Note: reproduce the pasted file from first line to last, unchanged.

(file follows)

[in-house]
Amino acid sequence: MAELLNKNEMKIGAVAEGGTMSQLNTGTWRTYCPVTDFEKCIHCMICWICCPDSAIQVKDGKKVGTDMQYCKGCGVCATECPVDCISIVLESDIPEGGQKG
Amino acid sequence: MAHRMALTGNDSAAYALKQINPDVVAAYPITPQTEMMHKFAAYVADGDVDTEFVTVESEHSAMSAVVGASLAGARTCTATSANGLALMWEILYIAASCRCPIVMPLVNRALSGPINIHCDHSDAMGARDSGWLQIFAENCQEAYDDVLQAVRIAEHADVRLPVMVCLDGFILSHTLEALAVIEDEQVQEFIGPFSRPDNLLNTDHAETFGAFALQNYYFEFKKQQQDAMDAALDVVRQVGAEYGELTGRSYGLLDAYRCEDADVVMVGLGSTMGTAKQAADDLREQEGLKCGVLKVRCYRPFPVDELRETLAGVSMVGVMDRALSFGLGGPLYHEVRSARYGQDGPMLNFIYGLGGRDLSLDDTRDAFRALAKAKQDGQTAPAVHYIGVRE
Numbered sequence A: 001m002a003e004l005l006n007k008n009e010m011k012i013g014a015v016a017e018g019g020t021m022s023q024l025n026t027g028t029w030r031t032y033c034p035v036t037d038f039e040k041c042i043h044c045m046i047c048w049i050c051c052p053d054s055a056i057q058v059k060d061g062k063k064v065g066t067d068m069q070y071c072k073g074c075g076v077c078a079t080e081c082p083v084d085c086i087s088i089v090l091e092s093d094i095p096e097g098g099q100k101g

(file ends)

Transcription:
[in-house]
Amino acid sequence: MAELLNKNEMKIGAVAEGGTMSQLNTGTWRTYCPVTDFEKCIHCMICWICCPDSAIQVKDGKKVGTDMQYCKGCGVCATECPVDCISIVLESDIPEGGQKG
Amino acid sequence: MAHRMALTGNDSAAYALKQINPDVVAAYPITPQTEMMHKFAAYVADGDVDTEFVTVESEHSAMSAVVGASLAGARTCTATSANGLALMWEILYIAASCRCPIVMPLVNRALSGPINIHCDHSDAMGARDSGWLQIFAENCQEAYDDVLQAVRIAEHADVRLPVMVCLDGFILSHTLEALAVIEDEQVQEFIGPFSRPDNLLNTDHAETFGAFALQNYYFEFKKQQQDAMDAALDVVRQVGAEYGELTGRSYGLLDAYRCEDADVVMVGLGSTMGTAKQAADDLREQEGLKCGVLKVRCYRPFPVDELRETLAGVSMVGVMDRALSFGLGGPLYHEVRSARYGQDGPMLNFIYGLGGRDLSLDDTRDAFRALAKAKQDGQTAPAVHYIGVRE
Numbered sequence A: 001m002a003e004l005l006n007k008n009e010m011k012i013g014a015v016a017e018g019g020t021m022s023q024l025n026t027g028t029w030r031t032y033c034p035v036t037d038f039e040k041c042i043h044c045m046i047c048w049i050c051c052p053d054s055a056i057q058v059k060d061g062k063k064v065g066t067d068m069q070y071c072k073g074c075g076v077c078a079t080e081c082p083v084d085c086i087s088i089v090l091e092s093d094i095p096e097g098g099q100k101g